Pediatric Associates of the NW Blogs

ANXIETY: THE MONSTER THAT WON’T BE QUIET

Shannon Odell, PsyD
September 29, 2016 02:00PM

Does your child’s anxiety give you anxiety?  You’re not alone.

As a behavioral health provider, one of the most common issues that lands on the couch in my office is anxiety. Especially around this time of year. The start and subsequent ramping up of school seems to be a common trigger for the onset or exacerbation of anxiety, for good reason. Getting up early, facing peers every day, academic struggles, tests, assignments, balancing extra-curricular activities and homework; there’s a lot of pressure associated with this time of year and anxiety can be a common and typical response. 

Anxiety can manifest in many forms:  frequent worries, safety concerns, stuck thoughts, compulsive behaviors, catastrophic thinking, fear of social rejection, and more classic phobias like fear of needles, fear of spiders, etc. Anxiety is probably one of the most uncomfortable emotions we have, both physically and psychologically.  And it demands to be felt!  Racing thoughts, beating heart, trouble breathing, shakiness, tight muscles, pit in the stomach; it’s hard to ignore or repress.  One patient described anxiety as that feeling you have when you reach in your pocket to find your phone, but it’s not there…and that feeling is there ALL THE TIME. 

At its core, anxiety is our self-preservation instinct. It’s designed to alert us to danger and ultimately keep us safe.  In some of us, that drive for self-preservation is incredibly strong  but it doesn’t really need to be. For most people, anxiety is irrational or unfounded. For instance, having a fear of clowns or worries about monsters in the closet; rationally, we know we need not fear such things.

As a parent, it’s incredibly difficult to know what to do when your child is expressing worries and fears. If your child struggles with any of these symptoms, here are some suggestions for ways to help – as well as some responses to avoid.

Helpful Ways of Dealing with Anxiety in your Child

1. Reward brave, non-anxious behavior

  • Look out for examples of times when your child does things that are frightening for him/her, no matter how small, and reward him/her.  Make a big fuss over it!!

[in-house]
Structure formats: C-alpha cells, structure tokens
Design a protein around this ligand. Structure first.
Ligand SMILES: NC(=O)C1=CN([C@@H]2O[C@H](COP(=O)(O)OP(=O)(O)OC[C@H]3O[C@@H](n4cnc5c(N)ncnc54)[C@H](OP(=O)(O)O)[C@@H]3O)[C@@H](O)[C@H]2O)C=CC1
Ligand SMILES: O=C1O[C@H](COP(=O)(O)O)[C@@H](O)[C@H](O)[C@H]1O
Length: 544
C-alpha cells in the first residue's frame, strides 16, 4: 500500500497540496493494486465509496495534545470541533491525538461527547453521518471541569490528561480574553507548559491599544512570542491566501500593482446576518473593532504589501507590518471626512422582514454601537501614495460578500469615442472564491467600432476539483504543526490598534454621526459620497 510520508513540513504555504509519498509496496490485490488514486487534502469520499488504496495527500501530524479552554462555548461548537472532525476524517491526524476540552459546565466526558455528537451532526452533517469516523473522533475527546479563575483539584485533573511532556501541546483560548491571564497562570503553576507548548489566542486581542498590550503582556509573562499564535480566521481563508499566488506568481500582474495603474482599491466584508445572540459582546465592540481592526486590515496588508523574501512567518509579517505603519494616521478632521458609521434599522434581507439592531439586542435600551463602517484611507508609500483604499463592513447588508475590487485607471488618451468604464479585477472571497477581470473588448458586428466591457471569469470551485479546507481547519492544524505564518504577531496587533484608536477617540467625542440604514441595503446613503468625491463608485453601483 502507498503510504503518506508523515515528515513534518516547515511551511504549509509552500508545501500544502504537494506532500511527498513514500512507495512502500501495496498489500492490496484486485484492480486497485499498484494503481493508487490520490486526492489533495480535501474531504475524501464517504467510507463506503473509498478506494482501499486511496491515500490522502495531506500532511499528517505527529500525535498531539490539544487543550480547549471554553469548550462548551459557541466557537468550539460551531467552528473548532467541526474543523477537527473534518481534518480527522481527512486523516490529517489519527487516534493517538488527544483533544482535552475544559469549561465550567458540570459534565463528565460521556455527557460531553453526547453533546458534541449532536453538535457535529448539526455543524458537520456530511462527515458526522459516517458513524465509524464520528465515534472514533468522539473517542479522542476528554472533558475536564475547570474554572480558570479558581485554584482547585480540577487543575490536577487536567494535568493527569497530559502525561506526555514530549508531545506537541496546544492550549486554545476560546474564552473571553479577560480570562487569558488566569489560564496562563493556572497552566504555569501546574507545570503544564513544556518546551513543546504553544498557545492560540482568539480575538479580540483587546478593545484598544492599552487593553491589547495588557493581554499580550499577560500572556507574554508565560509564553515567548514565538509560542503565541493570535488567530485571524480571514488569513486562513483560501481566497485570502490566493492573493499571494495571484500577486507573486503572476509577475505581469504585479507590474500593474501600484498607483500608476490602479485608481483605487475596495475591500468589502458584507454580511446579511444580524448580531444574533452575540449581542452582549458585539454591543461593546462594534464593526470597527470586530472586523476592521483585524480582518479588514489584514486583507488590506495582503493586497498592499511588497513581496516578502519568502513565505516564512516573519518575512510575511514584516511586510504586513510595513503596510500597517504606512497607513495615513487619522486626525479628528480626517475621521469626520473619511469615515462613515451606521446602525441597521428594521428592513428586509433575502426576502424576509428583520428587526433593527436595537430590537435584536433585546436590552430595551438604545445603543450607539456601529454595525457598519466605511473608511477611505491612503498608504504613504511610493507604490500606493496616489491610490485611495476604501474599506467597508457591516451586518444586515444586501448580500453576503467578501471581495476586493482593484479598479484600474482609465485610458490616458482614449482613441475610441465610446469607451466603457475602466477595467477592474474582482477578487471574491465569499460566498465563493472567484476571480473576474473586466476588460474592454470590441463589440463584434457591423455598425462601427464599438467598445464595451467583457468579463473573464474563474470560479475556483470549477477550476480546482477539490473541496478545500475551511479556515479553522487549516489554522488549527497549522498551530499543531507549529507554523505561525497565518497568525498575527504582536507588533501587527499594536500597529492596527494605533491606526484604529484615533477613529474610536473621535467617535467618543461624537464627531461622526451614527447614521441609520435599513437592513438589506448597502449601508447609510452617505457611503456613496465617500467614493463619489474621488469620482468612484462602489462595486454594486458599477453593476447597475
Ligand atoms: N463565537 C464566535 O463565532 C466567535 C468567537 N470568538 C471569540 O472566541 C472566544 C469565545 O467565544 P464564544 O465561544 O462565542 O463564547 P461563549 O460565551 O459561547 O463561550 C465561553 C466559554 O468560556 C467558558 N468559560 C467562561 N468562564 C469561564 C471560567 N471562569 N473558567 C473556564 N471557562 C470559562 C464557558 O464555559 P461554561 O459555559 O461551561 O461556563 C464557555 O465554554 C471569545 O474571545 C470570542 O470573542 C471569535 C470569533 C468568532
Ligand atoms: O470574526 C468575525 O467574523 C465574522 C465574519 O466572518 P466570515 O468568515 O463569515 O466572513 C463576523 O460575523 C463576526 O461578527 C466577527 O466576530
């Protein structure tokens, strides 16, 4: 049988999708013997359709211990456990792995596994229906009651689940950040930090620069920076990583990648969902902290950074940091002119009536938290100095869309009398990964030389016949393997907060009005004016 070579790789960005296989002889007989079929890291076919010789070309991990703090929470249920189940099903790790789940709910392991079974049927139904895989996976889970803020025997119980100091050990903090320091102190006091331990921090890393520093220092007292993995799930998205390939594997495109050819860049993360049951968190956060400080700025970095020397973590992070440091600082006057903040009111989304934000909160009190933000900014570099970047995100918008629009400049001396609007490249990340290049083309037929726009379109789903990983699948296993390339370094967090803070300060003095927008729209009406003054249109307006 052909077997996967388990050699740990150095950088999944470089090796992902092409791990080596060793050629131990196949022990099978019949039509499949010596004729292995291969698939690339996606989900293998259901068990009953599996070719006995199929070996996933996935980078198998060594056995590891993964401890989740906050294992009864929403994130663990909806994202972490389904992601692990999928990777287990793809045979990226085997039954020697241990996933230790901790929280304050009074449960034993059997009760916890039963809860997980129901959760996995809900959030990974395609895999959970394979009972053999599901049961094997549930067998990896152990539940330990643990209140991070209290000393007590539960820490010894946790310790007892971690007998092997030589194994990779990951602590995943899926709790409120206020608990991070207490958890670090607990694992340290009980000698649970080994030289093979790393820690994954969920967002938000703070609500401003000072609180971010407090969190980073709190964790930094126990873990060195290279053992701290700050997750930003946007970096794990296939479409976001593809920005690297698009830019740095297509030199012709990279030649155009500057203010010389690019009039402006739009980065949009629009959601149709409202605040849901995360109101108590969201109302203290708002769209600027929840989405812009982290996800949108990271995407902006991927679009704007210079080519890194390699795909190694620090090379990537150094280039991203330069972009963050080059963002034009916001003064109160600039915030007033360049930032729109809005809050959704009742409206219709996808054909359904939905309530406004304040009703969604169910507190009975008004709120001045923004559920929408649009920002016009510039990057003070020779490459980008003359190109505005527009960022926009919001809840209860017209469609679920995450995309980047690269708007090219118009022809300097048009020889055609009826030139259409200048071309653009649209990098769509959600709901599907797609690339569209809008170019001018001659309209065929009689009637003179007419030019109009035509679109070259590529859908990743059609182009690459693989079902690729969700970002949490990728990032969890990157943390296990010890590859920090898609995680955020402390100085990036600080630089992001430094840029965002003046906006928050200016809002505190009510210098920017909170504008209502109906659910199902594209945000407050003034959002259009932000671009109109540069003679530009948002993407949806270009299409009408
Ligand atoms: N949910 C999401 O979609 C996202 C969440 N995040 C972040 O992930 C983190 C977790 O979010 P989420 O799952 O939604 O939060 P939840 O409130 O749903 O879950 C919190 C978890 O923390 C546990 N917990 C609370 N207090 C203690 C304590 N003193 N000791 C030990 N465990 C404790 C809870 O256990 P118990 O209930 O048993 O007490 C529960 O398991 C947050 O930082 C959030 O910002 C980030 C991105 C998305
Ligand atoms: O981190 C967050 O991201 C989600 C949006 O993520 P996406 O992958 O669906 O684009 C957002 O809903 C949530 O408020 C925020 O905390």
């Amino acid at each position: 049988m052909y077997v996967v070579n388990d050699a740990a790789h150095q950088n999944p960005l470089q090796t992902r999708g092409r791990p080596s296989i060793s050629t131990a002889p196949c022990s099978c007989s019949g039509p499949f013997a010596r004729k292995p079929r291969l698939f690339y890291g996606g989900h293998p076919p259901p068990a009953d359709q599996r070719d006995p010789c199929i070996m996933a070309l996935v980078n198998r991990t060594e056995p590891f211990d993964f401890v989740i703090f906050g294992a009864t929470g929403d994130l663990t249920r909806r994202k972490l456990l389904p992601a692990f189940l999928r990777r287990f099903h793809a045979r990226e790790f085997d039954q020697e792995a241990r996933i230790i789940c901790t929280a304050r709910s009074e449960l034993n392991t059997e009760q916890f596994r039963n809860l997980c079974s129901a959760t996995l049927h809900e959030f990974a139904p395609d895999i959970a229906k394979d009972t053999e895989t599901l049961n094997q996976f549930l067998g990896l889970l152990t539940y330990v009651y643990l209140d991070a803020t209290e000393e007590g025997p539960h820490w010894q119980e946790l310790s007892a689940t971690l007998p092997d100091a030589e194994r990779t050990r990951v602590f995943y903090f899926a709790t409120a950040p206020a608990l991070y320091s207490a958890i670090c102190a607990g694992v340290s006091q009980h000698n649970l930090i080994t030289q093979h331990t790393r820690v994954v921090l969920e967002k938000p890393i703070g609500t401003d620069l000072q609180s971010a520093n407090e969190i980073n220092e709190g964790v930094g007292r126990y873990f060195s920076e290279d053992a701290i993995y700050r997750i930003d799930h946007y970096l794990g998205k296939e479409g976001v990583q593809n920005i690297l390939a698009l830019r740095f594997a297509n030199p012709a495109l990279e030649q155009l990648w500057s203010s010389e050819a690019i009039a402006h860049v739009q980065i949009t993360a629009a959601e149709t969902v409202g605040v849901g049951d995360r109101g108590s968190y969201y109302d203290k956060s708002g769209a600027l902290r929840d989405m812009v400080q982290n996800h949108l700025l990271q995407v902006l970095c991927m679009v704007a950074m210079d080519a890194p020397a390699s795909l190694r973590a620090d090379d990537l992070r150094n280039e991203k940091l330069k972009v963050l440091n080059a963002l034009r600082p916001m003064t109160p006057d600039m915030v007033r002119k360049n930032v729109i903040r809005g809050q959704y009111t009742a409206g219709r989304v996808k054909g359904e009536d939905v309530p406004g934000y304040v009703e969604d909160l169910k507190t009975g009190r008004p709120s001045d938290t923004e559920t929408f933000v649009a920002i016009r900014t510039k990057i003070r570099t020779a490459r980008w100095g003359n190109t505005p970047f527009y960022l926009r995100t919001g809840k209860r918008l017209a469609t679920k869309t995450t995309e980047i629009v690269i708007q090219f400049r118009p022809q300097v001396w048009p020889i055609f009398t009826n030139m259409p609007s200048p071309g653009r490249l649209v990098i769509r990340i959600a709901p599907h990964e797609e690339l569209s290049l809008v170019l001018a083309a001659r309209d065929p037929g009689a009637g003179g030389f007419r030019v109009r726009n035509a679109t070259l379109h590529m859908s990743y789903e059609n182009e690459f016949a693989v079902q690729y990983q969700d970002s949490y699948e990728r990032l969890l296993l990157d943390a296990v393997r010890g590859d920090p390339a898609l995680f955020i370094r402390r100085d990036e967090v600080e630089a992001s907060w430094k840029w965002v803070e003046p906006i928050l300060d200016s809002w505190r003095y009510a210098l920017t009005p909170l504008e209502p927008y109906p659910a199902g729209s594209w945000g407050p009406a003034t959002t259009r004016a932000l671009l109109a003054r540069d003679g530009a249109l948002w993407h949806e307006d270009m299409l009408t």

• As s/he becomes less anxious, you can reward only the more obvious examples.  
  • By pointing to and focusing on successes, you will help your child build self-confidence as well as help her realize what she’s capable of.

2. Ignore behaviors that you don’t want

  •  Removing your attention from your child’s anxious behavior and attending again (and praising) when the anxious behavior has stopped.
  • When you notice a behavior you are not happy with, you need to stop any interaction with your child as long as s/he is doing that behavior.
  • This strategy must always be used carefully and only in relation to a specific behavior.
  • It’s important that your child understands that it is the particular behavior in which s/he is engaging that is unacceptable to you, and not his or her general character.

3. Prevent avoidance

  • In order to use this strategy, you must be satisfied that your child is actually capable of coping in the anxiety-provoking situation.
  • Do not force him/her to do something s/he is not actually able to do.

4. Communicate your empathy effectively

  • Express your empathy and understanding in a calm and relaxed manner.
  • Children need to feel listened to, understood, and supported, but it’s also important that they’re encouraged to constructively solve the problem of their anxiety rather than focusing on how bad they feel.

5. Prompt children to cope constructively

  • Prompt your child to think for him/herself about how to constructively handle an anxiety-provoking situation.
  • Encourage your child to use detective thinking; what is the evidence that your thoughts are/aren’t true?
  • So much of anxiety is the intolerance of uncertainty, so it’s important to remind your child or adolescent that he’s capable, that he does have the ability to cope, and if plan A doesn’t work out, there’s always plan B. And C. And D. And on and on.
  • It shows your faith in your child’s abilities!

6. Model brave, non-anxious behavior

  • Demonstrate that you experience difficulties, and how you cope with those difficulties.

Unhelpful Ways of Dealing with Anxiety in Your Child

1. Excessively reassuring a child

  • Reassuring with physical affection/closeness
  • Telling the child “everything will be all right, there’s nothing to be afraid of.”

Here’s the problem: 
-It has very little effect, and they keep coming back for more.
-It’s a form of positive attention, which rewards your child’s anxiety.

2. Telling a child exactly how to handle the situation

  • Telling the child exactly what to do, how to behave, and what to say in the anxiety-provoking situation
  • Doing things on behalf of your child

Here’s the problem: 
-It creates a vicious cycle
-Reliance on parental direction is a form of avoidance

3. Permitting or encouraging avoidance

  • Letting your child avoid the feared objects/situations

Here’s the problem: 
-As long as your child continues to avoid, s/he won’t overcome their anxiety.

4. Becoming impatient with your child  

  • It’s normal to become impatient and frustrated when nothing you do or say seems to help, or when it seems like your child is clinging to his/her anxiety.

Here’s the problem: 
-Becoming angry with your child will only serve to make him/her more frightened and dependent.

If these tips aren’t helpful for you and your child, please talk to your pediatrician or schedule an appointment with one of our Behavioral Health providers. Anxiety feels awful, but it is treatable.